God that sounds wanky, but you know what I mean. The biggest mountains offer the best views from the top.
What did you learn about writing?
A few things that I’ll definitely be taking into the next experience, should I ever decide to do it again.
ONE – Writing chronologically probably helps. Those first 3,000 words I wrote take place in the middle of the story, and I wrote backwards from there to get to the start before finishing off the end afterwards. I have a feeling that this wasn’t exactly the best approach, and I’m sure that when I finally start going through the 200-page draft with a red pen I’m going to find a host of inconsistencies.
TWO – Having a plan also probably helps. Thankfully, much of this story wrote itself, but it wasn’t until near the end of the second week that I started making vague notes about possible directions and what I wanted my characters to do. Had I done this at the start and come to understand my characters a bit better before putting them to paper, and had a better idea of how I wanted it all to end, it could have a much more thorough feel. That being said, much of this novel wrote itself. I’d just sit down at the computer with what I wrote the day before in front of me and a vague idea of where I wanted it to go, but a large amount of this novel came straight from the fingers to the page with little to no thought. It will probably show.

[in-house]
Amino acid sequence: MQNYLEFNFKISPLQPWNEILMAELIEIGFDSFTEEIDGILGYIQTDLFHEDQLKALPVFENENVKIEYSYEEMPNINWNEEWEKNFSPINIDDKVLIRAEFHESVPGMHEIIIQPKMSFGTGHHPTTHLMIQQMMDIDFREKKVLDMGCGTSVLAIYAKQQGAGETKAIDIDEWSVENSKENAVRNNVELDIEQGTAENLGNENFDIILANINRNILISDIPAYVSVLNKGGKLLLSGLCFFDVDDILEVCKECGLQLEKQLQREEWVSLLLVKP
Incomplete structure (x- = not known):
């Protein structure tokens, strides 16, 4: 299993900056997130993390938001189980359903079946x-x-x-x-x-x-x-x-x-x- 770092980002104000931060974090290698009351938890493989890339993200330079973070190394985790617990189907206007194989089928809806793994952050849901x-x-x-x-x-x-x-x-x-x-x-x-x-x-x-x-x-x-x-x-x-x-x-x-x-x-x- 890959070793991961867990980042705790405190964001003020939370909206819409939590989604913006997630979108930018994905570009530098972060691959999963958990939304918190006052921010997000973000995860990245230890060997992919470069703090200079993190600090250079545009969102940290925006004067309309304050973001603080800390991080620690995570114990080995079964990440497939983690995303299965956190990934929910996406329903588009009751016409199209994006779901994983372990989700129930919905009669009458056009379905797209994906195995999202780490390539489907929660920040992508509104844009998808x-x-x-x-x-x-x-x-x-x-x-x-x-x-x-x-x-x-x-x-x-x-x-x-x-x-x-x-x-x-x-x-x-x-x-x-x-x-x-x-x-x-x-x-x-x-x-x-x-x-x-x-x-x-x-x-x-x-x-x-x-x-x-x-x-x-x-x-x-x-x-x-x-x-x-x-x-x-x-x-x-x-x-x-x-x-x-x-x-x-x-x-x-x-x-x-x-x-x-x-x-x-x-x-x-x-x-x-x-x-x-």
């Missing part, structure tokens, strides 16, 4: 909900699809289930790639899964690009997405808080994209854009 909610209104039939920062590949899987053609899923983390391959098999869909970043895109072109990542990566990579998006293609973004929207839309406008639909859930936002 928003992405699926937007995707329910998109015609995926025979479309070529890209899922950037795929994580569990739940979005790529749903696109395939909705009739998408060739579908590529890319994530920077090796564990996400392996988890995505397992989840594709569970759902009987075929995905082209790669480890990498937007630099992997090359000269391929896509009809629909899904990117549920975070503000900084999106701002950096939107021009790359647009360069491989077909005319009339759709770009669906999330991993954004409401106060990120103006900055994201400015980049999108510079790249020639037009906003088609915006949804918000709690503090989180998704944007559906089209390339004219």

So what is the book about? What’s it called?
The working title I gave it was Secret Urges, and I shuddered every time I cast my eyes over it – a feeling that working titles often induce. I don’t know how, but it stayed in the back of my mind, and now that it’s finished at 52,000+ words, I can’t think of a title even remotely more suitable that doesn’t sound even cheesier. Am I happy with it? Not really – but it could be a lot worse.